Palaeo After Dark

Well, it has finally come to this. After almost 150 episodes under our belts, we've finally produced a podcast where almost no one read any of the papers. This episode was supposed to be about squamate (lizards and snakes) evolution. In particular, we were supposed to look at two papers that tried to determine when squamates must have first diversified. And... we kind of accomplish that. Meanwhile, James shares his weak points, Amanda demonstrates a super power, and Curt laments falling asleep on the couch being the only person to read these papers. We swear the next one will be better.... maybe.


Up-Goer Five (Curt Edition):

Our friends were supposed to talk about these papers that they read. However, they didn't read these papers and so they spend some of the time trying make it up as they go along. The papers that the friends were supposed to read were about cold, cute things with dry skin and four legs (most of the time). Both of these papers suggest that these cold, cute things probably came about well before we thought they did. In fact, we probably had the first cold, cute things just around or before the time a really bad thing happened that hurt all living things around the world. It was the worst of the bad things to have ever happened. These papers suggest that these cold, cute things might have done alright during these really bad times, and that may be the reason why there are so many cute, cold things around the world today.



 Tałanda, Mateusz. "An exceptionally preserved Jurassic skink suggests lizard diversification preceded fragmentation of Pangaea." Palaeontology (2018). 

 Simões, Tiago R., et al. "The origin of squamates revealed by a Middle Triassic lizard from the Italian Alps." Nature 557.7707 (2018): 706. 

Direct download: Podcast_143_-_Squamate_Talk.mp3
Category:general -- posted at: 3:00am EDT

The gang discusses two papers that look at the origins of the latitudinal diversity gradient, the tendency for higher species diversity in the tropics and lower diversity closer to the poles. Specifically, these studies use comprehensive phylogenetic analyses of modern taxa to try and determine if the current diversity gradient is caused by increased speciation or decreased extinction at the equator. Meanwhile, Amanda shares diseases with her cat, James decides to "treat" himself to a Lime-A-Rita, and Curt just re-enacts scenes from other media.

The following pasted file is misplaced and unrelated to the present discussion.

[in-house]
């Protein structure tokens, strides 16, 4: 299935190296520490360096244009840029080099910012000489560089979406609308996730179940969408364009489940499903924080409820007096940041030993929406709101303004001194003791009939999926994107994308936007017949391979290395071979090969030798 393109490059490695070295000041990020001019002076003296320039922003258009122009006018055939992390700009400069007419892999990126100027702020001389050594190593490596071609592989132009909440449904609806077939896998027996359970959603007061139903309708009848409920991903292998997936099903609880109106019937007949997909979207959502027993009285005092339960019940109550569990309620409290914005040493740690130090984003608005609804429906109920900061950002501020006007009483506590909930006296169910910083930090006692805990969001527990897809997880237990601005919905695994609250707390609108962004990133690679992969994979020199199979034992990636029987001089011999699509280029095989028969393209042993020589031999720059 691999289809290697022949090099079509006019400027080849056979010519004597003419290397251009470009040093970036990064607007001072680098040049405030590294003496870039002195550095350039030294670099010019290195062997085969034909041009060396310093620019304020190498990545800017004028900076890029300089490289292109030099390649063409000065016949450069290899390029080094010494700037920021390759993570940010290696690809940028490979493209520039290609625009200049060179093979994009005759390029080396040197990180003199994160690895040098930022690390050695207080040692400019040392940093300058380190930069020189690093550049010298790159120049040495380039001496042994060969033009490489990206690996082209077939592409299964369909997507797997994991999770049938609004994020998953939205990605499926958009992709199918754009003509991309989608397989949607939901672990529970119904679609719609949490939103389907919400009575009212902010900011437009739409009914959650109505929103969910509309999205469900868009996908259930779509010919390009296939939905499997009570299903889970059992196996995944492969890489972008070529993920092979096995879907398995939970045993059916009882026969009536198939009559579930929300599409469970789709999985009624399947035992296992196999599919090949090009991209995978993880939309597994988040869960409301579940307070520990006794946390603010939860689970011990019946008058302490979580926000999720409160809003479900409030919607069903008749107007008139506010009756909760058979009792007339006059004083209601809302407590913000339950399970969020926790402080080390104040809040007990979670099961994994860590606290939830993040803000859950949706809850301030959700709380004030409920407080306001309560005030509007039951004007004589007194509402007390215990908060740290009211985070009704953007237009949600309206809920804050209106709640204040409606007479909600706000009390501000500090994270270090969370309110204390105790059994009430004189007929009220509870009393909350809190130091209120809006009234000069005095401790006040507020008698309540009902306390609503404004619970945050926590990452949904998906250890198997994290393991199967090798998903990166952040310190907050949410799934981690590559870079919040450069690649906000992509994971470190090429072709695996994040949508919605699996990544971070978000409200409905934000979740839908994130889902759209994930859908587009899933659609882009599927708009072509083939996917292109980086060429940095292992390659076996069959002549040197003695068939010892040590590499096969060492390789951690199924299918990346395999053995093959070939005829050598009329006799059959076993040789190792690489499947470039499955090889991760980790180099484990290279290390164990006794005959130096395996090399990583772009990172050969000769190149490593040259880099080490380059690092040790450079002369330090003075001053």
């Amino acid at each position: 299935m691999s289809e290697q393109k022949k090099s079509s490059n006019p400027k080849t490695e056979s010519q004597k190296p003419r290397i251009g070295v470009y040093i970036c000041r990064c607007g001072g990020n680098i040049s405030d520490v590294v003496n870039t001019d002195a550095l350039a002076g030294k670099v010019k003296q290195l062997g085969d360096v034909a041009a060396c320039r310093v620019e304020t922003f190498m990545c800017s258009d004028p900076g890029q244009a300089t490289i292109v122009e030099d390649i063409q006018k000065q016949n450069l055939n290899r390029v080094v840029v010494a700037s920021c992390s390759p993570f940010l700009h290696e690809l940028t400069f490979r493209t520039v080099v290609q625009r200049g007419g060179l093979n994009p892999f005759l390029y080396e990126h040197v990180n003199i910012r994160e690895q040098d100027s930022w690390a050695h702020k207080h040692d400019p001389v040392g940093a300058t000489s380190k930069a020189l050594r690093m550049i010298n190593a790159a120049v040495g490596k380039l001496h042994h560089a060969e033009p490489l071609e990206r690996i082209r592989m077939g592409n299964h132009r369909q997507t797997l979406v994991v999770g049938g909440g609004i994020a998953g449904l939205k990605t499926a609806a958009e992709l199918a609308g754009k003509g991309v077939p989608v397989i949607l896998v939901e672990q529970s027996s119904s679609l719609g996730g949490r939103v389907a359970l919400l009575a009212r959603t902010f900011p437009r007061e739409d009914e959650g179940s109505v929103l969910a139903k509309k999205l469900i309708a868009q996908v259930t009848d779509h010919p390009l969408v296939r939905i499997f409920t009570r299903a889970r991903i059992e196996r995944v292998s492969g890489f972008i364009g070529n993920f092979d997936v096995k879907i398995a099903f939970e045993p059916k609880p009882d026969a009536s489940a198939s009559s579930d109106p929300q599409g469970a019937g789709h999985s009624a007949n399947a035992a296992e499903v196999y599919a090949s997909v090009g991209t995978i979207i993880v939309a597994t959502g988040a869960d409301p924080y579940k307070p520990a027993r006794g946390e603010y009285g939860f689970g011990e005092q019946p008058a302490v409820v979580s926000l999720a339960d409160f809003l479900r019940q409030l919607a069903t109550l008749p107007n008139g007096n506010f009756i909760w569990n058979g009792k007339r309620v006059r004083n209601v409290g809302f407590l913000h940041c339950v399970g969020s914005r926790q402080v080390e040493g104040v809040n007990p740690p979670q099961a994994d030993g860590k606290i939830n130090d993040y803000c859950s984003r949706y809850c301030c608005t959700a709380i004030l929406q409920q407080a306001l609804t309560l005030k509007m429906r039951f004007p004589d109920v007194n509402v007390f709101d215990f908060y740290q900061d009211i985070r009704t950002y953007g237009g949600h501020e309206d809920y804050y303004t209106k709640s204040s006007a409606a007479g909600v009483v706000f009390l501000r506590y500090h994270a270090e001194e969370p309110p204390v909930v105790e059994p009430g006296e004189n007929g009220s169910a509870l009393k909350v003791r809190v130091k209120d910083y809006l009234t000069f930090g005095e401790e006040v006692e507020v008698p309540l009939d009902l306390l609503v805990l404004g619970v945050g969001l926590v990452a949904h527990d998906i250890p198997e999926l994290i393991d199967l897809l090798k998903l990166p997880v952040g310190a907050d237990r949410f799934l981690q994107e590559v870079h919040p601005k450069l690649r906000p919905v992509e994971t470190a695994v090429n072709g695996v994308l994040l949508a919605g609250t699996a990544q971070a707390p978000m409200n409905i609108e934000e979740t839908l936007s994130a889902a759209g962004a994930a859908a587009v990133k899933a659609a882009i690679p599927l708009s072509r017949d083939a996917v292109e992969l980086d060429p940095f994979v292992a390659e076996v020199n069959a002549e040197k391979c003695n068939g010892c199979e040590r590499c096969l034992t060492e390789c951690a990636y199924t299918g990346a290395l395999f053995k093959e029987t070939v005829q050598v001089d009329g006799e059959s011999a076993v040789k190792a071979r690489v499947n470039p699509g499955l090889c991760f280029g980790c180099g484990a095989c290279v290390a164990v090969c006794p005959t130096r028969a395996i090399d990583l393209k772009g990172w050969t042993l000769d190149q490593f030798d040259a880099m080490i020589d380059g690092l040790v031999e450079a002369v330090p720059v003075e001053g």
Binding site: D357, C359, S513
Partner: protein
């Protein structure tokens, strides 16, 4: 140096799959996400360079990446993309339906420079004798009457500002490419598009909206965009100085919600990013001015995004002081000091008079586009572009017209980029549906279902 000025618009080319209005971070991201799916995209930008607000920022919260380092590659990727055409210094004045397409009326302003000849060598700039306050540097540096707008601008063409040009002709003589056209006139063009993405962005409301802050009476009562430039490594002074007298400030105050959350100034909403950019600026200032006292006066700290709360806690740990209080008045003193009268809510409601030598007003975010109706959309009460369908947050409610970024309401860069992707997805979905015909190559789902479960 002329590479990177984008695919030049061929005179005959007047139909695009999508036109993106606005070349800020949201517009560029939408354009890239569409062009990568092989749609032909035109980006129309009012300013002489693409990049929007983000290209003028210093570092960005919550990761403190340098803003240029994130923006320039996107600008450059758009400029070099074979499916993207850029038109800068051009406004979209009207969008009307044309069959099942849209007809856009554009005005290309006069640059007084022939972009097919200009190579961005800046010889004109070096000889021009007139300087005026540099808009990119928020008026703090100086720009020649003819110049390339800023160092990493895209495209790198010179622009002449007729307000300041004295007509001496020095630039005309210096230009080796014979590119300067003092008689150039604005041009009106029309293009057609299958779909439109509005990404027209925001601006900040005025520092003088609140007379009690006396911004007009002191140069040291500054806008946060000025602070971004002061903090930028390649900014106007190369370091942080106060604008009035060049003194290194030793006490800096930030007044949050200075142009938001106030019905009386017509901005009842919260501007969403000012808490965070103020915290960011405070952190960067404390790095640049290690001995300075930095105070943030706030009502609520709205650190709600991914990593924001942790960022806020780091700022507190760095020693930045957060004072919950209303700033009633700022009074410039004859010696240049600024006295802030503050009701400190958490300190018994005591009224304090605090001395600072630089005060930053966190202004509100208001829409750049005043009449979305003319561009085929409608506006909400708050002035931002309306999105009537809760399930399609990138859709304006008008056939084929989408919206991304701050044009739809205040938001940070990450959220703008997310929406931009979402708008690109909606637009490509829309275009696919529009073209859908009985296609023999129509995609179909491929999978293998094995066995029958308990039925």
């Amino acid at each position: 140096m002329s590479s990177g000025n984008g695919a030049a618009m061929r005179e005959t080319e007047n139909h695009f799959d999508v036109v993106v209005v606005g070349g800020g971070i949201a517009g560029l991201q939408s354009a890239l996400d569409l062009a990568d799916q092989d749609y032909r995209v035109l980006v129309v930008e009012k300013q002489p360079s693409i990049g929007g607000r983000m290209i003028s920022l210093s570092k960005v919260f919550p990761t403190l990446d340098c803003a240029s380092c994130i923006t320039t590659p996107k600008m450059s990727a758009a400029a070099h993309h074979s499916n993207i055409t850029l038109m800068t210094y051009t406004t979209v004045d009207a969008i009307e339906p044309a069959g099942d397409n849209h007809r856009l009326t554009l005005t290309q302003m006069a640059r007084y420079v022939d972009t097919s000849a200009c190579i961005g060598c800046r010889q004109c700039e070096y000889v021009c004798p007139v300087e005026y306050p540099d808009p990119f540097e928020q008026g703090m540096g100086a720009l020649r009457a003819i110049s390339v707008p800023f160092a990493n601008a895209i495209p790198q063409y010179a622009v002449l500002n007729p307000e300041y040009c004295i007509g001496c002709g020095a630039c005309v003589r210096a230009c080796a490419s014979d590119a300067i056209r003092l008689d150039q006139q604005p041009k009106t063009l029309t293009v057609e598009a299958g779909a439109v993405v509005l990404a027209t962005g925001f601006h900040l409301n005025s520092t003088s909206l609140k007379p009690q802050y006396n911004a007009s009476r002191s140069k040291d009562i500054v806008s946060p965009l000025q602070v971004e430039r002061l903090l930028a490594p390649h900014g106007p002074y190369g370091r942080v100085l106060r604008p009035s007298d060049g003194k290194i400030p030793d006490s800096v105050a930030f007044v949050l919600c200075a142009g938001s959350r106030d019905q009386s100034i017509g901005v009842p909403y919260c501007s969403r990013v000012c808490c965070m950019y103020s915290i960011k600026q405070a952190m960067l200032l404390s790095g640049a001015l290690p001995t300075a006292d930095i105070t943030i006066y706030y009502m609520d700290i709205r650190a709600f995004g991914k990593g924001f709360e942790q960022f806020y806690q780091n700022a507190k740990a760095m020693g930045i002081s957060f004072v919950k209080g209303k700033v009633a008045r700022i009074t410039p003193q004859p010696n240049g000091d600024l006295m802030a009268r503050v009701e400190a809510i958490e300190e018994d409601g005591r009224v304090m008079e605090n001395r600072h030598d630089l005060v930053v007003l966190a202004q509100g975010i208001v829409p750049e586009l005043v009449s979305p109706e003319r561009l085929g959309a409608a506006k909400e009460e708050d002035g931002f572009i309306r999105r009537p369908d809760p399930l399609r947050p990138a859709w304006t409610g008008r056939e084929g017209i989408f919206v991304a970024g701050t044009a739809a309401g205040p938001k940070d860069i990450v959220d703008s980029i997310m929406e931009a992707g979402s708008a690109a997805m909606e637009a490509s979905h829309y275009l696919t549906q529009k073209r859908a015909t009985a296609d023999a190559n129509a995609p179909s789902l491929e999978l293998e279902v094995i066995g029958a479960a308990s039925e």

Up-Goer Five (James Edition):

The group looks at two papers that are interested in where animals live. They are looking at a well known thing where more animals live near the middle of the world than at either end. However, it is not clear whether there are more animals in the middle of the world because they have been there longer and so the number of animals has just built up over time, or whether animals in these areas make more types of animals more quickly.

The first study looks at animals that have no legs and live in the water that you can not drink and breath water. This study finds that animals that live in the middle of the world actually make other animals slower than animals that live at either end of the world do, so the reason there are more animals in the middle of the world is probably because they have been there longer. The second study looks at animals with hard outer skin that have six legs and live in big families. This study finds that there is no change across the world in how quickly these animals make more animals, which is different from the first study. However, this does mean that the reason there are more animals in the middle of the world is because they have been there longer, so this agrees with the first study!



 Economo, Evan P., et al. "Macroecology and macroevolution of the latitudinal diversity gradient in ants." Nature communications 9.1 (2018): 1778. 

 Rabosky, Daniel L., et al. "An inverse latitudinal gradient in speciation rate for marine fishes." Nature (2018): 1. 

Direct download: Podcast_142_-_The_LDG.mp3
Category:general -- posted at: 3:00am EDT